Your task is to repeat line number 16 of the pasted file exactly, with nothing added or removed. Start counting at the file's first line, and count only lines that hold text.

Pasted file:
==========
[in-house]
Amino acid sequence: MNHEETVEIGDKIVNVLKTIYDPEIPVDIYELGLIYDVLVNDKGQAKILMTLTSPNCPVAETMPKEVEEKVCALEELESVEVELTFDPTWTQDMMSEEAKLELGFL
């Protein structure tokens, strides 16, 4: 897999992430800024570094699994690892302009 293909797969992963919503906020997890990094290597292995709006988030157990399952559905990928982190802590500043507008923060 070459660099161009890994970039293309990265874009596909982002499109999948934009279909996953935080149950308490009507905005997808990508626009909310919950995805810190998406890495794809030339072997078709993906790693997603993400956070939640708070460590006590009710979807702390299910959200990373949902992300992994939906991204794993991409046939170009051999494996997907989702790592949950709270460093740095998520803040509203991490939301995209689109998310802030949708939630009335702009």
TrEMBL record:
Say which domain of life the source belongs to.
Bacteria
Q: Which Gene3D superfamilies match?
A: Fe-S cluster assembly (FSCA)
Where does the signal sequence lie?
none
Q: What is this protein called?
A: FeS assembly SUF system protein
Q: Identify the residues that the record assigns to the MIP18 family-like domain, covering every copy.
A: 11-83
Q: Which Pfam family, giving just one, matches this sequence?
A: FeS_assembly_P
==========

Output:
A: FeS_assembly_P